The Guardian revealed findings from their full-scale investigation of the destruction of Gaza as a result of the Israeli genocide.
General findings found that in the three focal neighborhoods of the investigation, at least 250 residential buildings, 17 schools and universities, and 16 mosques were leveled to the ground. The numbers prompted experts to label the genocide as a “domicide” as it not only forces Palestinians out of their homes or shelters but also makes it impossible for them to return to them.
“Israel” defends its unrestrained attacks on Gaza by blaming the whole situation on Hamas. It claims that Hamas infiltrates civilian areas, domestic homes, and complexes, something that has been repeatedly refuted, which “authorizes” the bombing of the entirety of the Strip.
On January 17, another study of satellite images obtained by Corey Scher of the City University of New York and Jamon Van Den Hoek of Oregon State University showed that 50 to 62 percent of all buildings in Gaza have been destroyed.
The Guardian‘s investigation focuses on three Gazan towns: Beit Hanoun, al-Zahra, and Khan Yunis.
Beit Hanoun is a town to the northeast of Gaza and was home to 50,000 Palestinians before “Israel” demolished it.
Beit Hanoun was also surrounded by agricultural land used for produce, but satellite images showed that those have been obliterated as well, making them a significant part of the 39% of agricultural lands in north Gaza that “Israel” destroyed.
An entire neighborhood, consisting of 150 residential buildings has been pulverized. This includes the Balsam Hospital and local schools, including a United Nations one, while the main hospital, Beit Hanoun Hospital, was severely damaged.
Moreover, the local cemetery was razed by bulldozers, and one of the oldest mosques, Umm al-Nasr, dating back to 1239, was also damaged.
Al-Zahra was home to 5,000 Palestinians before the genocide and was regarded as one of Gaza’s wealthiest neighborhoods.
Within its northern infrastructure were universities, tower blocks, and a large wastewater treatment plant. “Israel” destroyed everything and forged new bulldozed roads over the ravaged ones for the transportation of IOF soldiers.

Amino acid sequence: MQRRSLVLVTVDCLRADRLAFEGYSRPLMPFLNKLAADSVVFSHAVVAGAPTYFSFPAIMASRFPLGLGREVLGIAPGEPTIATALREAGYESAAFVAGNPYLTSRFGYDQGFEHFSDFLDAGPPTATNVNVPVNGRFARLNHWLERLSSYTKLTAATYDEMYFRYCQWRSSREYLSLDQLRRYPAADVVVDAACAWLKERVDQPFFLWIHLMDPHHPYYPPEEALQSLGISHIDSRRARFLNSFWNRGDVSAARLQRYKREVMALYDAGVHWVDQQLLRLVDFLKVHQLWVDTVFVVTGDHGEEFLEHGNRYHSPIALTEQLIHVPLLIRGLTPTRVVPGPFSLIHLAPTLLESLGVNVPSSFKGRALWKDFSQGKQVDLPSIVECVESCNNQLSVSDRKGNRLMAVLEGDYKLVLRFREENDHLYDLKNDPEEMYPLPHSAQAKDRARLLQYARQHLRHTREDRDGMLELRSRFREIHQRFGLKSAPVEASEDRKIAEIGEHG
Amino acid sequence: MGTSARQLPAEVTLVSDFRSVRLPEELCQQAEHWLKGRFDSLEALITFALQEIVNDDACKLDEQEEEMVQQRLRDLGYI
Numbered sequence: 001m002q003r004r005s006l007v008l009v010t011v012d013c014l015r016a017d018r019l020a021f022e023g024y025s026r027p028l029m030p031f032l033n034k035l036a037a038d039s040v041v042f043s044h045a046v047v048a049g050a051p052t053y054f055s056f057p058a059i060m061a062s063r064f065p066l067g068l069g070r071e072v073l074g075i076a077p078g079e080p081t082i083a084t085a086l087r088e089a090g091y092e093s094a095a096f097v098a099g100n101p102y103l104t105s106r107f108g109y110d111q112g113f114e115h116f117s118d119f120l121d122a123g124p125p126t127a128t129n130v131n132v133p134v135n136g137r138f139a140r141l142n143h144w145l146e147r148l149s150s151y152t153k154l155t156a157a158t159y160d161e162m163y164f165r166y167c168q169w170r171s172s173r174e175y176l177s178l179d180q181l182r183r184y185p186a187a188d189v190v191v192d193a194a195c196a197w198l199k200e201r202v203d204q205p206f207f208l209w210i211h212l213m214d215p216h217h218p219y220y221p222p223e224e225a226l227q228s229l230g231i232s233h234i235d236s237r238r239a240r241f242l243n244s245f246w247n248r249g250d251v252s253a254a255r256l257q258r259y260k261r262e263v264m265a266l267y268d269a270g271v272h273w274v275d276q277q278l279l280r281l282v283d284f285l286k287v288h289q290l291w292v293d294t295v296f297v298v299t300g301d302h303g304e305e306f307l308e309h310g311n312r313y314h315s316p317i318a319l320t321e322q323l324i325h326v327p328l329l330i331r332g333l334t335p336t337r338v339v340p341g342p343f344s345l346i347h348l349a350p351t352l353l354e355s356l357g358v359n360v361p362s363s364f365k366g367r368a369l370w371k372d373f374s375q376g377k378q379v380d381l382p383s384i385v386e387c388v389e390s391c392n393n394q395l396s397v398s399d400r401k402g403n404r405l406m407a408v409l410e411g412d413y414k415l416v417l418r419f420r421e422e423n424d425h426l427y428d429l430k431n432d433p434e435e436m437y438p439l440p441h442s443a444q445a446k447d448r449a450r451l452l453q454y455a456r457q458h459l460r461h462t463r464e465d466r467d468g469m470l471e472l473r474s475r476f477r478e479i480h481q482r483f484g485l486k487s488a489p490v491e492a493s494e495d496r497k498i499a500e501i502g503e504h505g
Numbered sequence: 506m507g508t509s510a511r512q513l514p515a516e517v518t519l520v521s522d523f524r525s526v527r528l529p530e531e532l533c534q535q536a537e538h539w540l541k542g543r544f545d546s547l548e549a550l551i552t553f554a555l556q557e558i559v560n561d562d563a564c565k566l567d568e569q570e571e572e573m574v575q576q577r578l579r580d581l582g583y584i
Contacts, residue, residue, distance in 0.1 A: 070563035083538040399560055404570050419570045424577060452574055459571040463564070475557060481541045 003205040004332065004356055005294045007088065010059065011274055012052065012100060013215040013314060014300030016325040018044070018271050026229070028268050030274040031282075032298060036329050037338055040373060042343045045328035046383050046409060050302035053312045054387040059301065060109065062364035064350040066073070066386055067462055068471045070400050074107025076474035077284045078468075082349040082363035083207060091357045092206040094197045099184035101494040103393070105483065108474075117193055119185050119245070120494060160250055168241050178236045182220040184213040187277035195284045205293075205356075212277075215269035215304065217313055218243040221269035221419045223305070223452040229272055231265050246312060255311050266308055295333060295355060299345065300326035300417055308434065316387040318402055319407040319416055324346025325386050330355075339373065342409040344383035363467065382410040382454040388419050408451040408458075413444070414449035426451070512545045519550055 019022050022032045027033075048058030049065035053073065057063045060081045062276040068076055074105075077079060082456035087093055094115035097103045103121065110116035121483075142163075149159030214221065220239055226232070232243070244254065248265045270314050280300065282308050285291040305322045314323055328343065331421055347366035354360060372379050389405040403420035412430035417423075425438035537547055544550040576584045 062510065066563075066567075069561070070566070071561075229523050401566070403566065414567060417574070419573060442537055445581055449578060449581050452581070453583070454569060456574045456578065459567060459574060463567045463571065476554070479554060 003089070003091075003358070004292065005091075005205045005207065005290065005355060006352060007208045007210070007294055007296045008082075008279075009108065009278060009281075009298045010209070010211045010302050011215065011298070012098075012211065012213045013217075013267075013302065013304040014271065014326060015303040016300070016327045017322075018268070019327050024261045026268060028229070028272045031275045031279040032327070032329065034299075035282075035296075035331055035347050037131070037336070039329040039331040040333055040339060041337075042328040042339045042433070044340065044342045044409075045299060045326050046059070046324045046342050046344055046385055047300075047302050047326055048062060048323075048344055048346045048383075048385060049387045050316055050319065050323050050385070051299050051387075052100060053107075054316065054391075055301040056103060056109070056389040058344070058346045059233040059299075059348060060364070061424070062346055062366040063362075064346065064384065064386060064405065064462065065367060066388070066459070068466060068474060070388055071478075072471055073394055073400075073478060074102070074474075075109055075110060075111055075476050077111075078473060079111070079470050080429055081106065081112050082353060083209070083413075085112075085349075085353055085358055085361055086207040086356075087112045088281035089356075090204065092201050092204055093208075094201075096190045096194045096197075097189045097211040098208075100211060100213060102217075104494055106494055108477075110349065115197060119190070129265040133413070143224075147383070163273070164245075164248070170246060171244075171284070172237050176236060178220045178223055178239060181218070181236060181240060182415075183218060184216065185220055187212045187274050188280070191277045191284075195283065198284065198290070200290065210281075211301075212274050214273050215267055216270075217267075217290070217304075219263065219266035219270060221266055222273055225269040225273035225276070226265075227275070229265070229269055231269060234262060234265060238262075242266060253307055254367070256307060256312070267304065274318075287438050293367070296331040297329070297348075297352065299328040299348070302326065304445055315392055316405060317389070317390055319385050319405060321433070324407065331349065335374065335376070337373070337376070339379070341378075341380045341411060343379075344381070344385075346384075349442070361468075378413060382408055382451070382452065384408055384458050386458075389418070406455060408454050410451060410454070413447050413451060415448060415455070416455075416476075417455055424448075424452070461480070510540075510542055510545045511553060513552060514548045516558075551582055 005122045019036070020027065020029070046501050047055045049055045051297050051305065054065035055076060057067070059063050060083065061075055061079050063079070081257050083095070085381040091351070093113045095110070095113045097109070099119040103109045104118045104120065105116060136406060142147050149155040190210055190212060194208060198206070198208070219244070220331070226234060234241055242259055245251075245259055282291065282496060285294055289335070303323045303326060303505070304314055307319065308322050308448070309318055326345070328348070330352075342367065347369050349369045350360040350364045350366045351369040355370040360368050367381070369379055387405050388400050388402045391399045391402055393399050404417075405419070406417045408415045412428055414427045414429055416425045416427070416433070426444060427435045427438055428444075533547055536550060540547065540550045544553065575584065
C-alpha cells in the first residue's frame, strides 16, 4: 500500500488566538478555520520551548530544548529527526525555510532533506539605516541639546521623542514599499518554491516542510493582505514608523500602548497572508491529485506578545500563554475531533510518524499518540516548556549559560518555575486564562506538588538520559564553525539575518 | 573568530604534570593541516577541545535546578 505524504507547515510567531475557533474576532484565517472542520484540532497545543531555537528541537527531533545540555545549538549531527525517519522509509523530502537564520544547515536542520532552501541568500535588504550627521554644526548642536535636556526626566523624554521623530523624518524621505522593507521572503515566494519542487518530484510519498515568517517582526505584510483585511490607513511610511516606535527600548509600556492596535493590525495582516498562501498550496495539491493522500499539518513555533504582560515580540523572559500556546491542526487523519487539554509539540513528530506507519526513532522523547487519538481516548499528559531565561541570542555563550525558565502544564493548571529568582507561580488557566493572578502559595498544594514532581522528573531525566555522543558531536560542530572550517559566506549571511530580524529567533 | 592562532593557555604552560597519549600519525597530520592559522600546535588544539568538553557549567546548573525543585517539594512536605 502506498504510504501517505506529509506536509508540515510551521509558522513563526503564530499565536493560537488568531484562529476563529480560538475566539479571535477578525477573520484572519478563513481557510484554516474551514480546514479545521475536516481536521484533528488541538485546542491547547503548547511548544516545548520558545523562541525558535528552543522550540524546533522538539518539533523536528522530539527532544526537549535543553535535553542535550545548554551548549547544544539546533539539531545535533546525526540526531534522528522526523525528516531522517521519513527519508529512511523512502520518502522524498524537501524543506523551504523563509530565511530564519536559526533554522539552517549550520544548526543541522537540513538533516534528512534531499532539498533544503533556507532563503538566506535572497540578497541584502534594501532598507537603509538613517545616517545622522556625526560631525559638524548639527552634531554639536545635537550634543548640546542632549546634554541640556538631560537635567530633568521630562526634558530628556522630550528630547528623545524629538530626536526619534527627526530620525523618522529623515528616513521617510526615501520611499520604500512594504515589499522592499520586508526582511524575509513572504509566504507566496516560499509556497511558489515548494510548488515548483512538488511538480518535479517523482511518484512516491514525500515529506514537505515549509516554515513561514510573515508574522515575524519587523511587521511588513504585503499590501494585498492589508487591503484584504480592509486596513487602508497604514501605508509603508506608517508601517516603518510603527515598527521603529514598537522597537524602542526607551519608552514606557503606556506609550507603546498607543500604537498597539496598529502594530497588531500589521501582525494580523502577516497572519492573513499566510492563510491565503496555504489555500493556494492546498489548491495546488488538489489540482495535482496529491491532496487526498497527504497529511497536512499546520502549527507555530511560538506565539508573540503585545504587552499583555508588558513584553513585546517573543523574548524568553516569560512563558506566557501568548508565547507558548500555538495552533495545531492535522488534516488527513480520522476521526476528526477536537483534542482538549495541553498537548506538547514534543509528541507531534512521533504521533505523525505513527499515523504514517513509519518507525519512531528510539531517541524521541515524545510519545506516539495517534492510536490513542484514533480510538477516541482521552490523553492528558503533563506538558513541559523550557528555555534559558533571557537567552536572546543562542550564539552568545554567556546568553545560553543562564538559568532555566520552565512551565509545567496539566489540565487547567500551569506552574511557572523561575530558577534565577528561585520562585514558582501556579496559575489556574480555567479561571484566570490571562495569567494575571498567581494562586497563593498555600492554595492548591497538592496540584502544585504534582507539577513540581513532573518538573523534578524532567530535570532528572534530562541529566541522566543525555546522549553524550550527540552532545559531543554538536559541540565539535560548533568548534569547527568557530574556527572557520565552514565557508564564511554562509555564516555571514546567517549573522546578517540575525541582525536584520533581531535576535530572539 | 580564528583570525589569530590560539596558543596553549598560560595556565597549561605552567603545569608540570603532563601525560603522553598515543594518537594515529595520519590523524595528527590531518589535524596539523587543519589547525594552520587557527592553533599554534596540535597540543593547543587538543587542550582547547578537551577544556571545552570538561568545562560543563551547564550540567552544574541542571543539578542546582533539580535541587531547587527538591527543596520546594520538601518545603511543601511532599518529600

In its east is al-Mughraqa neighborhood, which has seen relentless Israeli bombardment that left nothing but a visible crater where a building once stood.
The Turkish Palestinian Friendship Hospital stood in al-Zahra as well, but several of its departments had been bombed, and the roads leading to it are riddled with large holes where Israeli bombs exploded.
Al-Zahra’s three universities were also targeted by “Israel”. Al-Israa University was detonated by “Israel” in documented deliberation.
Over 3,000 Palestinian civilians resided in the tower blocks of al-Zahra, all of which were decimated to the ground.
Khan Yunis is Gaza’s main city and was sold as a “safe zone” by the IOF, who encouraged Palestinian civilians to evacuate there for safety but ambushed and bombed them and the town.
Among the destroyed infrastructure were residential buildings, schools, sports compounds, mosques, pharmacies, kindergartens, agricultural fields, and greenhouses. To be specific, over 100 greenhouses were bombed, leaving only large craters behind.
Khan Yunis also had a refugee camp that sheltered at least 41,000 people back in 2017 after they were forcibly expelled from their homes. The camp was also targeted by the IOF, resulting in damage to UN shelters and schools, as well as its hospital.
What is domicide?
By definition, domicide is “the planned, deliberate destruction of someone’s home, causing suffering to the dweller.”
Scholars have opted to use this word when describing the Israeli conduct in Gaza, saying the forced displacement of Palestinians and the bombing of different infrastructure, which renders most neighborhoods and towns uninhabitable, not just buildings and homes, is a direct consequence of the practice of “domicide”.
What “Israel” has been doing is a full-blown attack on Gaza to rid it of its rightful residents, either by killing them or by forcing them to evacuate to nearby countries, such as Egypt.
The scale of destruction adds to the fact. Balakrishnan Rajagopal, the UN special rapporteur on the right to adequate housing, said, “Gaza’s destruction is far worse in terms of the scale, ferocity and impact when compared to Ukraine, Syria or other conflicts.”
Ammar Azzouz, a research fellow at the University of Oxford and author of a book on domicide, also said, “Domicide’s impact unfolds with time. Its pain spreads not only across those who lost their homes in Gaza but also for those whose homes remain intact as their wider infrastructure has been targeted.”
He also pointed out how The Guardian‘s investigation and the footage obtained show the weaponization of Gaza’s architecture and infrastructure by “Israel” to create unsuitable and uninhabitable spaces, as well as its heritage sites to erase its identity.
Other scholars mentioned how the destruction of these towns and cities kills any sense of life, which might push people away.
He then added, “The destruction of homes plays a key role in both the displacement – communities cannot return if they have no home to return to – and the destruction of communities, as homes are destroyed and families displaced so all the things that make a community cohesive are destroyed and they are scattered to many different places.”
Marin Coward, professor of international politics at Queen Mary University of London, said, “If you can’t shop or learn, you can’t form a sense of belonging or call a place home.”